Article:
By John Hertz: I’m reading M.A. Screech’s second edition (2003) of Montaigne’s Essays. Dr. Screech collates the different versions, translates the many quotations, and annotates. That’s the literary present tense; he died June 1st (1926-2018).
Montaigne once said congenially “the most fruitful and natural play of the mind is conversation,” and yes, his name Michel Eyquem de Montaigne points to the land from which, after his life, has come one of the greatest wines in the world, Château d’Yquem (and don’t miss it in Nabokov’s novel Pnin).
He was a skeptic (or, in Commonwealth language, a sceptic), but not in the unhappy sense so often brandished now; as Dr. Screech warns, “Today the very word scepticism implies for many a mocking or beady-eyed disbelief” (p. xxxvi). He famously asked “What do I know?” and tried to answer.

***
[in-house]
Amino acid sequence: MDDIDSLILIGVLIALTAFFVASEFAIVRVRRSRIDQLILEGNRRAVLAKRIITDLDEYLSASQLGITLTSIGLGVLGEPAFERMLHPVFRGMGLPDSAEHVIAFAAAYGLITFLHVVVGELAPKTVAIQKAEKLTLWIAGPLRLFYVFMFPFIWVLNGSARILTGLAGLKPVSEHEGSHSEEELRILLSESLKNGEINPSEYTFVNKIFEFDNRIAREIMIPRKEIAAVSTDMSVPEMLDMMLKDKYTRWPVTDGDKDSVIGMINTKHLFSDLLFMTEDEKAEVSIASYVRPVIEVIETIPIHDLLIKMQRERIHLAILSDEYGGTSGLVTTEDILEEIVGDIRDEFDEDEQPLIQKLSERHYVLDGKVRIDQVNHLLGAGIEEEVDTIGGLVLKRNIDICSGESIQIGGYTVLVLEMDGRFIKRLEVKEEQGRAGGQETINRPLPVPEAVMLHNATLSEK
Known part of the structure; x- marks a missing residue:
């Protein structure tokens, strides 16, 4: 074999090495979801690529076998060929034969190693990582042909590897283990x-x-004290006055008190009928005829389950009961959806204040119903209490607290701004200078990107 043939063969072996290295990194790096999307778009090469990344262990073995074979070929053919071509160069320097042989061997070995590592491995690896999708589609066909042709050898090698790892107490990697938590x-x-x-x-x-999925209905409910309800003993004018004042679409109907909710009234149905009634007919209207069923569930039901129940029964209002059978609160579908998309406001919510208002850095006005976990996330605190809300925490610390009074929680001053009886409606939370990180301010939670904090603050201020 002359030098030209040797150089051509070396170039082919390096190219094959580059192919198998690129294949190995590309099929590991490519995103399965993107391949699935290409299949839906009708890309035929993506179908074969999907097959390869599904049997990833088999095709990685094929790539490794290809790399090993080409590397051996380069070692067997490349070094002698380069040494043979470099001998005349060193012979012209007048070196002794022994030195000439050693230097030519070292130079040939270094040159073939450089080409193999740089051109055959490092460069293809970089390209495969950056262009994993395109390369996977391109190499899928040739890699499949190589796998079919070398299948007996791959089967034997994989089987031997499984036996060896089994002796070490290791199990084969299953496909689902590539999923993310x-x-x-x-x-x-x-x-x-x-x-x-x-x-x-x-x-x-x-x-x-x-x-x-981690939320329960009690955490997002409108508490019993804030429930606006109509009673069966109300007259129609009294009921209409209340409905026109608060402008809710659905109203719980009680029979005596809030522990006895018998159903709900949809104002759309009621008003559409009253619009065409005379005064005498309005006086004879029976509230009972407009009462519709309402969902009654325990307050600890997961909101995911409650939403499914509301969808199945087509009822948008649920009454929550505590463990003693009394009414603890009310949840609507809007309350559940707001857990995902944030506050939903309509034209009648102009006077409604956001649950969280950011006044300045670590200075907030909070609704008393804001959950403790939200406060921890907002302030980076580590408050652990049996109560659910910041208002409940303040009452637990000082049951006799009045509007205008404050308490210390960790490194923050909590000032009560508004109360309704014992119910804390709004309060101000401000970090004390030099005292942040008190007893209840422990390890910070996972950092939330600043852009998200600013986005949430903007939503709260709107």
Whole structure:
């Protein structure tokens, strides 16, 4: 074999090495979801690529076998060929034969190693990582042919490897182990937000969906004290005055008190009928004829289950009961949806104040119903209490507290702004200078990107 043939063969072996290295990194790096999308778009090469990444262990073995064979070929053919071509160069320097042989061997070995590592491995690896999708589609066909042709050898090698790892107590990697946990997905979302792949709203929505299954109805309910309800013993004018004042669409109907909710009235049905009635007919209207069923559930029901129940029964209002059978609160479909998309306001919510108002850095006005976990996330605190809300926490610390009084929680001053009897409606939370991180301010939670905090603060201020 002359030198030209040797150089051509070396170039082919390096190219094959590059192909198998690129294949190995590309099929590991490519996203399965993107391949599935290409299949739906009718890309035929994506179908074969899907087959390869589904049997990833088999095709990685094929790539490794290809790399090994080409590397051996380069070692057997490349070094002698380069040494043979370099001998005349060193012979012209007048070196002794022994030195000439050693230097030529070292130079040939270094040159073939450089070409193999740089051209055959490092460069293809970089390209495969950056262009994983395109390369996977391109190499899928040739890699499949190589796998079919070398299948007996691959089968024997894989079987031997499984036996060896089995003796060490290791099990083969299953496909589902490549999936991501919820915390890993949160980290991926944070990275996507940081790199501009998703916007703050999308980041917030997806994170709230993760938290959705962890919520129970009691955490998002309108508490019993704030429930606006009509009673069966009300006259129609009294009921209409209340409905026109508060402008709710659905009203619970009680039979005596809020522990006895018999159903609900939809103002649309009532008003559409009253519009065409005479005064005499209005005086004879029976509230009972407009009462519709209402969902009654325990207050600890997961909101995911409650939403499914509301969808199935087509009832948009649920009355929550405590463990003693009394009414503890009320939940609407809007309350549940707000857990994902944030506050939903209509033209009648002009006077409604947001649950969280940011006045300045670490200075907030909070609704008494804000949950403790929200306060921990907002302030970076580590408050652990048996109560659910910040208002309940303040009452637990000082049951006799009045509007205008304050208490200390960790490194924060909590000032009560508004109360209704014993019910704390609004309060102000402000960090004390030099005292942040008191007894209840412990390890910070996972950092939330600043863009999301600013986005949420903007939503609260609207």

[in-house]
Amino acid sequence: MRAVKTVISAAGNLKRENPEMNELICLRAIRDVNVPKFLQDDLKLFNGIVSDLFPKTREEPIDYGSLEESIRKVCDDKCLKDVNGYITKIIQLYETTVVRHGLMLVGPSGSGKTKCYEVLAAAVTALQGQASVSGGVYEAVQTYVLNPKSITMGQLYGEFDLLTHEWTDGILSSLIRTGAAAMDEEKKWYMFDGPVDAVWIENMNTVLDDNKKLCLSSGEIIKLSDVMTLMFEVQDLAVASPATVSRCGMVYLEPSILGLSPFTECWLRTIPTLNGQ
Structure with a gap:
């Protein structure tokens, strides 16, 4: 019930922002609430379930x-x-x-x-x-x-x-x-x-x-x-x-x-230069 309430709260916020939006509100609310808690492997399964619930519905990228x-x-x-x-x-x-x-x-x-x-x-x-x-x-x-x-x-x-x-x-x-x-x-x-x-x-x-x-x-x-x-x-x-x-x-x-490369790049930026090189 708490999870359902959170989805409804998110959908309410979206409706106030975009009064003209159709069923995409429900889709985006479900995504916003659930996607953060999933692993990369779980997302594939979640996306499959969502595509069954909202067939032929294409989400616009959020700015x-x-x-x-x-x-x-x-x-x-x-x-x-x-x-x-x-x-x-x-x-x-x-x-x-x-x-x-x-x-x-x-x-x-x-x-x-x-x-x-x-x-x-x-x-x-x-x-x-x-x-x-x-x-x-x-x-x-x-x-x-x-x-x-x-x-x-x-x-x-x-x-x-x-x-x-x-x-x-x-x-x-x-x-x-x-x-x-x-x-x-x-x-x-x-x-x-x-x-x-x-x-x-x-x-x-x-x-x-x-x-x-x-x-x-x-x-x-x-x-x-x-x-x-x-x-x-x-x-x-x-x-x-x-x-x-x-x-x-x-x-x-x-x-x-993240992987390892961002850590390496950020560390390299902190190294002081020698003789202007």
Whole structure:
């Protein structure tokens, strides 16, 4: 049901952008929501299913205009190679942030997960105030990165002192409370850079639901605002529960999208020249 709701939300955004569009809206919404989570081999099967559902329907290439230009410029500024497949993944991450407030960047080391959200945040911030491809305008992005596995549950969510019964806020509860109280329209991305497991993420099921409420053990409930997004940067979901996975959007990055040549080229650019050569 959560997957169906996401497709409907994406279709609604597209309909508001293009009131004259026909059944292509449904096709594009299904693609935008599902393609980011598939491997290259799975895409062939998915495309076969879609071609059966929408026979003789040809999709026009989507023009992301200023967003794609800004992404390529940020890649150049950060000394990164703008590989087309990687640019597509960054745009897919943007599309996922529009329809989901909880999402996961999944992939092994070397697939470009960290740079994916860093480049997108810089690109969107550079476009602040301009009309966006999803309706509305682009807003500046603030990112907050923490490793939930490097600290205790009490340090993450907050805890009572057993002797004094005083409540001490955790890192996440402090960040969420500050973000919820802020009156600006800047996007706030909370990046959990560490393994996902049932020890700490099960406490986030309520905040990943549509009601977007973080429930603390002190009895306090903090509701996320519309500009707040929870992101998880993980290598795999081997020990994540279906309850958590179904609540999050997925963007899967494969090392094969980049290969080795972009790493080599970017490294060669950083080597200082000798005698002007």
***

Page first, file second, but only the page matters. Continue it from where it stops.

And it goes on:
Of course I expected to keep agreeing and disagreeing with this man, and I haven’t been disappointed. I thought this passage (Bk. I ch. 56; M.A.S. ed’n 2003 at p. 360; paraphrasing Nicetas; in fact the chapter is “On prayer”) well put.
the factions of princes are armed with anger not with zeal … zeal itself does partake of the divine Reason and Justice when it behaves … moderately but … it changes into hatred and envy whenever it serves human passions, producing then not wheat and the fruit of the vine but tares and nettles.
Wishing you the same.